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Microbial Sensor Identifies Bacterial Infections and Also Creates Blood Stem Cells

By LabMedica International staff writers
Posted on 26 Dec 2023
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Image: Blood stem cells forming in the trunk of a zebrafish embryo (Photo courtesy of Xiaoyi Cheng)
Image: Blood stem cells forming in the trunk of a zebrafish embryo (Photo courtesy of Xiaoyi Cheng)

A new study has revealed that a microbial sensor, known as Nod1, crucial in detecting and combating bacterial infections, also significantly influences the formation of blood stem cells. This discovery could revolutionize the process of generating patient-specific blood stem cells, potentially eliminating the need for bone marrow transplants. Previous research indicated that while inflammatory signals typically trigger immune responses, they serve a different purpose during the early stages of embryonic development, particularly in the formation of vascular systems and blood. The activation of the microbial sensor in embryos prompts the transformation of vascular endothelial cells into blood stem cells, creating the potential for the development of a new method to replicate this process in a laboratory setting using a patient's own blood.

Stem cells are critical for the body's development and repair, continuously dividing to maintain their population and generate specialized cells. Embryonic pluripotent stem cells have the capability to form any cell type required by the body, while adult stem cells are more specialized. Hematopoietic stem cells, or blood stem cells, are responsible for producing all the components of blood. These essential cells are formed before birth within the embryo. Researchers at Iowa State University (Ames, IA, USA) discovered that the immune receptor Nod1 activates in an embryo before endothelial cells begin their transition into becoming stem cells, essentially preparing them for this transformation.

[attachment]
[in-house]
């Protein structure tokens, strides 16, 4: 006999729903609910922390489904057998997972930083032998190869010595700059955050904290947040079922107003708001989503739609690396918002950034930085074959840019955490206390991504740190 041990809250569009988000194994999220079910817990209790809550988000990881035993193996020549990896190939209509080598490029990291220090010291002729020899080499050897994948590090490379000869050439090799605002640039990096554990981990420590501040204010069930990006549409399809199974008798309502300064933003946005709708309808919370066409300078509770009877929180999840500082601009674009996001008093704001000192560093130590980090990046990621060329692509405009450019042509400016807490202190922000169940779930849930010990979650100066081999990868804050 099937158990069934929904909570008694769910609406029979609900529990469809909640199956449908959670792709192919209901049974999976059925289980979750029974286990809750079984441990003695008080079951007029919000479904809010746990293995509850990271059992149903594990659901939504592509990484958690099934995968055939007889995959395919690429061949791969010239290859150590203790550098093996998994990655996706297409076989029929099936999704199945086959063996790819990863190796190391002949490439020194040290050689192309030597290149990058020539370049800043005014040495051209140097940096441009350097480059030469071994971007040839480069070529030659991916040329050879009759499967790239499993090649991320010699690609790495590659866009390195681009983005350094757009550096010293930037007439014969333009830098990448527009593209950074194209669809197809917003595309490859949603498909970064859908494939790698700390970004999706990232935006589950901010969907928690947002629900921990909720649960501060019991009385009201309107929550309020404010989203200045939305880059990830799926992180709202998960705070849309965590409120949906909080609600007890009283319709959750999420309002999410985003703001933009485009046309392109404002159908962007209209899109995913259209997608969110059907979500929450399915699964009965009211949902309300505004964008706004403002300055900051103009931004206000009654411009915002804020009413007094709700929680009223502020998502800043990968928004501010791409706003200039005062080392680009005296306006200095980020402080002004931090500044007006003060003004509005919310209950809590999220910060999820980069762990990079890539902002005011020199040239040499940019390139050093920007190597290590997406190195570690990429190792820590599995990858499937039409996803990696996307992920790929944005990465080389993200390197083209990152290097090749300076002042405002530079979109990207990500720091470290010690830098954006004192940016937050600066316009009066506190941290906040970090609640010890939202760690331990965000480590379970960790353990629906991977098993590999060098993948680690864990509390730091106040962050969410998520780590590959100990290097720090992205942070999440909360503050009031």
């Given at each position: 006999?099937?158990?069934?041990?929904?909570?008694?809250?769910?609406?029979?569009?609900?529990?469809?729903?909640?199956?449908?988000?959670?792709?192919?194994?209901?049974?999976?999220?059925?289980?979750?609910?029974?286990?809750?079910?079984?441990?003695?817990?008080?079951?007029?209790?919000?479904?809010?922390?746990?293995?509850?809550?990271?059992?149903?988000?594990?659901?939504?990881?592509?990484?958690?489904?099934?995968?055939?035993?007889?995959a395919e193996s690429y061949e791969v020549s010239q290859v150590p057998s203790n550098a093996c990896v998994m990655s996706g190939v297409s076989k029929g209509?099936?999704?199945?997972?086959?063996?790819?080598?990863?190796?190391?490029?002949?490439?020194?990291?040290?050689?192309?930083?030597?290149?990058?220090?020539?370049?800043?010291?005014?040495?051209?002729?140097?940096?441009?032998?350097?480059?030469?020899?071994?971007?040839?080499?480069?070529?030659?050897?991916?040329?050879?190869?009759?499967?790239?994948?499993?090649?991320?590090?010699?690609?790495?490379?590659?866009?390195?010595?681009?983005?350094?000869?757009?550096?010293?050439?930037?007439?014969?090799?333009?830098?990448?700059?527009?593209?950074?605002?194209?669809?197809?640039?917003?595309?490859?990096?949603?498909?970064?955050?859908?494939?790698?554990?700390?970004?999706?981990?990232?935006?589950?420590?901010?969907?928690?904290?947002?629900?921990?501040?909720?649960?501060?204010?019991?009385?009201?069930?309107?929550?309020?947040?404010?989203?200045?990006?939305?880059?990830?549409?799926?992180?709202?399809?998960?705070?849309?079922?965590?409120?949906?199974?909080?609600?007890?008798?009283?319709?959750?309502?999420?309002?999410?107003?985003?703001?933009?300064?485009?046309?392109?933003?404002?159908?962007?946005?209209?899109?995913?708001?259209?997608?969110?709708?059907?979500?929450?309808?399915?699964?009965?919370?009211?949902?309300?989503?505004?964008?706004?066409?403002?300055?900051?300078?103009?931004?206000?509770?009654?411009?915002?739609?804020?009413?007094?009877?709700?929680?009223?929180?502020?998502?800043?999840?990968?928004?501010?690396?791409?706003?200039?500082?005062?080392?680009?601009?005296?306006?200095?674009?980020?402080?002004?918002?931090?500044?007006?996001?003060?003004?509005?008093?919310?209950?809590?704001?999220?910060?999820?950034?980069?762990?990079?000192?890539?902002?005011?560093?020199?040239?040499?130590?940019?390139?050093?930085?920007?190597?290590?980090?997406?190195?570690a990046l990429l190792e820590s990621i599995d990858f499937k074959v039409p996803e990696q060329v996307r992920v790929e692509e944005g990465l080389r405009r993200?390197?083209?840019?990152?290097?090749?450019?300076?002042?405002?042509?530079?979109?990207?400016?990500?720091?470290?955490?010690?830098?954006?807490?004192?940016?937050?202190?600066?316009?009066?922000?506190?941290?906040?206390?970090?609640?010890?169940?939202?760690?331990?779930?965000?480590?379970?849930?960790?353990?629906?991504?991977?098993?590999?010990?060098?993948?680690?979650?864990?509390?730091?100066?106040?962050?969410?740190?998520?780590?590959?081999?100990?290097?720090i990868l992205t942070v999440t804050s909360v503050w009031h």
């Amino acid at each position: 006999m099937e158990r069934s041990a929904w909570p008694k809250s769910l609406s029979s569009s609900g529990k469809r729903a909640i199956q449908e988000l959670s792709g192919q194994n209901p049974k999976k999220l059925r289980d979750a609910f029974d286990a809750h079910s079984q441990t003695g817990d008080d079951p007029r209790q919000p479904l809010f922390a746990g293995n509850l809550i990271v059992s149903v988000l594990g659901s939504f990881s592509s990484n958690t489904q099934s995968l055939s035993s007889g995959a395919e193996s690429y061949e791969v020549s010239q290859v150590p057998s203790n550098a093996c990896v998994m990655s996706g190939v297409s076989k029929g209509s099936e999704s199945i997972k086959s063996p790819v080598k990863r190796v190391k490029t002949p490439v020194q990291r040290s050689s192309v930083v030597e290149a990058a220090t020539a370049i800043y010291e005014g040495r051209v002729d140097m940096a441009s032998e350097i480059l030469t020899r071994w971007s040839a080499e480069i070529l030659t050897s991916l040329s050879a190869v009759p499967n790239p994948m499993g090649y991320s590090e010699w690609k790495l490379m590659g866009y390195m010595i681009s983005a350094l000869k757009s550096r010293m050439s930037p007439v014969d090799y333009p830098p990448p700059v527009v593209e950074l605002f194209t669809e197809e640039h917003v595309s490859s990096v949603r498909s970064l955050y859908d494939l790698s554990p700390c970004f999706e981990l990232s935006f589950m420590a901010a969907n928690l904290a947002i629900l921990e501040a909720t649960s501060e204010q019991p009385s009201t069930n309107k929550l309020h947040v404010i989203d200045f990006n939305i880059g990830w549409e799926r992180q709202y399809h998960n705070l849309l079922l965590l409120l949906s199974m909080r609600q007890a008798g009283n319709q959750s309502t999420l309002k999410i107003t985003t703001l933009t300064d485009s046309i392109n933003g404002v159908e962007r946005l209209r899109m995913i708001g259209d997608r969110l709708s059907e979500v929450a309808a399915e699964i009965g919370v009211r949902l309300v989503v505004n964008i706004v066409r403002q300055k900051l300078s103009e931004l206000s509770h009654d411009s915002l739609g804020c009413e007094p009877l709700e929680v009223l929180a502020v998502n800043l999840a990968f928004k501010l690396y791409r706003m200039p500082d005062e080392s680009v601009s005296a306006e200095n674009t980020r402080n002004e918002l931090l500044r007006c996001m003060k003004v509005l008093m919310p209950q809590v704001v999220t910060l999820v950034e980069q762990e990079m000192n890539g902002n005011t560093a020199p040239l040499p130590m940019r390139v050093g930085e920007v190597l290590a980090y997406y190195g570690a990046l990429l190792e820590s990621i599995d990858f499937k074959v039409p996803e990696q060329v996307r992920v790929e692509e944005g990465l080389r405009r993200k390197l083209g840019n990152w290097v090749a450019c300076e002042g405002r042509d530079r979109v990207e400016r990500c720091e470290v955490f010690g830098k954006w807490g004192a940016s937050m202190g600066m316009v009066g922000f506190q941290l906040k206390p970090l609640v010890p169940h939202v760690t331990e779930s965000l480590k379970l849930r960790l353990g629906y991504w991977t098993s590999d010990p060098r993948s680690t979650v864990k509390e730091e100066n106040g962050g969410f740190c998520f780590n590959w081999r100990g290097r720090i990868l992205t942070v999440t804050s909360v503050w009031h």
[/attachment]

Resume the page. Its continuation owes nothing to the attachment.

The team focused on Nod1 by examining data from human embryos and conducting studies on zebrafish, which share a significant portion of their genetic makeup with humans. They observed that the formation of blood stem cells corresponded with the levels of Nod1, as they manipulated its activity. Further experiments with human induced pluripotent stem cells, adult cells reprogrammed to an embryonic stem cell-like state, reinforced the importance of Nod1 in blood development. The absence of Nod1 led to reduced blood production, similar to the results observed in zebrafish.

Understanding Nod1's critical role in blood stem cell development is a significant step forward for scientists aiming to create a method to produce blood stem cells from human samples. This breakthrough could lead to a transformative new treatment for patients with blood disorders, allowing them to receive transfusions of blood stem cells derived from their own tissues. This approach could potentially eliminate the risks associated with graft-versus-host disease, a severe complication that occurs when the body's immune system attacks the transplanted cells. The research team continues to unravel the intricate process of blood stem cell development, focusing on the timing and expression of various signals crucial for creating a viable method for generating blood stem cells.

“My group at Iowa State University will continue working towards a life without blood disorders. I believe our investigations will pave the road to finally create therapeutic-grade blood stem cells to cure blood disorder patients,” said Raquel Espin Palazon, an assistant professor of genetics, development and cell biology at Iowa State University who led the research team.

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